Reconstruction of the full skeleton of Appalachiosaurus montgomeriensis, a theropod dinosaur from the Cretaceous (about 77 million years ago), Demopolis Formation, Alabama. Photo by Jonathan Chen (Wikimedia Commons, Creative Commons Attribution-ShareAlike 4.0 International license, image resized).
Images of a ceratopsid tooth from the Cretaceous Owl Creek Formation of Mississippi. Ceratopsids, or horned dinosaurs, are the group that includes dinosaurs like Triceratops. Scale bar = 1 cm (0.4 in). Images from figure 5 of Farke and Phillips (2018) PeerJ 5: e3342 (Creative Commons Attribution 4.0 International license).
Other reptile groups are also known from Cretaceous sediments of the Coastal Plain. Pterosaurs (flying reptiles) have been found in North Carolina and Georgia. The giant crocodilian Deinosuchus, which reached lengths of up to 12 meters (39 feet), lived on both eastern and western sides of the Western Interior Seaway during the Cretaceous Period. In the eastern United States, it is found from New Jersey to Alabama.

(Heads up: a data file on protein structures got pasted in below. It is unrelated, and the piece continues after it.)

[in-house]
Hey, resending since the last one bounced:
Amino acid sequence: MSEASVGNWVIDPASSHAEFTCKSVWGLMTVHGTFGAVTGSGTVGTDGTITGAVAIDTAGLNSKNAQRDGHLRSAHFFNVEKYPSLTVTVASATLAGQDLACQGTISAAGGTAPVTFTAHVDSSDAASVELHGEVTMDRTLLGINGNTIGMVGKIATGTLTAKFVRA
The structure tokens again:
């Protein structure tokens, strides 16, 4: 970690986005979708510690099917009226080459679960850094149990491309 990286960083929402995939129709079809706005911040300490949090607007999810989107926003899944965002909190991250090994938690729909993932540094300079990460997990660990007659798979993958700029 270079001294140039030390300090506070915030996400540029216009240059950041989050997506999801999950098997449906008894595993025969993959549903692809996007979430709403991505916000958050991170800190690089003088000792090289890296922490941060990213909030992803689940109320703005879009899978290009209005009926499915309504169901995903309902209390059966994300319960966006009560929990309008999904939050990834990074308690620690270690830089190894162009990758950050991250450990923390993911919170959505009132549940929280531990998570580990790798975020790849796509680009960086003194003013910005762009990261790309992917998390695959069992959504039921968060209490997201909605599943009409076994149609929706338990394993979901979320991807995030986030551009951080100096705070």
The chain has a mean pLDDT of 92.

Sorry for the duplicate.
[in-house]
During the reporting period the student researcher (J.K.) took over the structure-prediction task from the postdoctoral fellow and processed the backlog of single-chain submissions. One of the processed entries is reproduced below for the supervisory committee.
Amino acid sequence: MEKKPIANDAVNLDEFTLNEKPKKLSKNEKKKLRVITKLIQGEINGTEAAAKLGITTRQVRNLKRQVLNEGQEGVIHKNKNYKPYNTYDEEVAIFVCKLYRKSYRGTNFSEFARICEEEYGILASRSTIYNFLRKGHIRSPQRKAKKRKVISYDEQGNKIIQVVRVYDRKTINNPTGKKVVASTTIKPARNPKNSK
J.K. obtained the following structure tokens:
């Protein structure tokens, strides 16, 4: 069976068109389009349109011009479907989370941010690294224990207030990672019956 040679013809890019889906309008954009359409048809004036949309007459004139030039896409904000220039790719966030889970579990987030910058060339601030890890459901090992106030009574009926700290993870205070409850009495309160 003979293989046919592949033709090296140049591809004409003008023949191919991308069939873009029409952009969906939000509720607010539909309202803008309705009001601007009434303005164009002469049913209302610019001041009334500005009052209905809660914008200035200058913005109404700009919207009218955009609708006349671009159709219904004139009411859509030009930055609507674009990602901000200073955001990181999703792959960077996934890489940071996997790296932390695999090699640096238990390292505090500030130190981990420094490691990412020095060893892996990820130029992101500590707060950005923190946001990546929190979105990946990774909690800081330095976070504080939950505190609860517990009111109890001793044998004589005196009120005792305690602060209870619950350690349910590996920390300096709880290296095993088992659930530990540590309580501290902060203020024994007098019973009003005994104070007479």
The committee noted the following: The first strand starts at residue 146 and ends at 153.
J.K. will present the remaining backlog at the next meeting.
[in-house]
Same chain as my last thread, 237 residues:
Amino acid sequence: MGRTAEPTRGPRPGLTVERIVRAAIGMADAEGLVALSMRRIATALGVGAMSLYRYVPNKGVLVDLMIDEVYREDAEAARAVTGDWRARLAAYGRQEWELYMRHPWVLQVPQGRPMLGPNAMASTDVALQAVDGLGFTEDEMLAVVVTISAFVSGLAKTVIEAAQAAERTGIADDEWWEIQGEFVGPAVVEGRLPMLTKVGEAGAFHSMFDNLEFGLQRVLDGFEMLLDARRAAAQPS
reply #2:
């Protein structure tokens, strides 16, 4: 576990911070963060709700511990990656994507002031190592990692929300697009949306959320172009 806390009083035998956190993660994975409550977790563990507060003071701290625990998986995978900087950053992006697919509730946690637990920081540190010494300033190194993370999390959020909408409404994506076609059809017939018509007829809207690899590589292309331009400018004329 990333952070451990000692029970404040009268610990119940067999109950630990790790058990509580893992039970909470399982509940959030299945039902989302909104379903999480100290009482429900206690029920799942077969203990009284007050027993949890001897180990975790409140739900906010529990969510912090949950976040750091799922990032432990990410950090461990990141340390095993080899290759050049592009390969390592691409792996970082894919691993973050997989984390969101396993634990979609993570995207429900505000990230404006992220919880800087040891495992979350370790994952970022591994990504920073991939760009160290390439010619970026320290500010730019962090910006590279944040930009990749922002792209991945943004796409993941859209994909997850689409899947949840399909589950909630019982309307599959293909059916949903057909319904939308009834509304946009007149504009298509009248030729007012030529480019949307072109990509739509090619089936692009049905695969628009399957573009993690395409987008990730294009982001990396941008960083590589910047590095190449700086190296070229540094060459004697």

Skull of Deinosuchus next to an adult human. Drawing by Christi Sobel (copyright Christi Sobel).
Despite the lack of terrestrial sediments in the Coastal Plain, fossils of Cretaceous land plants are known from a number of localities. These deposits formed in nearshore environments where land plants washed into coastal marshes. They include fossil leaves, fruits, and flowers. Some plant fossils, like those from the Ingersoll Shale of eastern Alabama, are extremely well preserved. Tiny fossils of flowers and fruits have also been found in Cretaceous sediments in Virginia and Georgia. Late Cretaceous amber (fossil tree resin) is known from several places, including Russell County, Alabama, and Tishomingo County, Mississippi.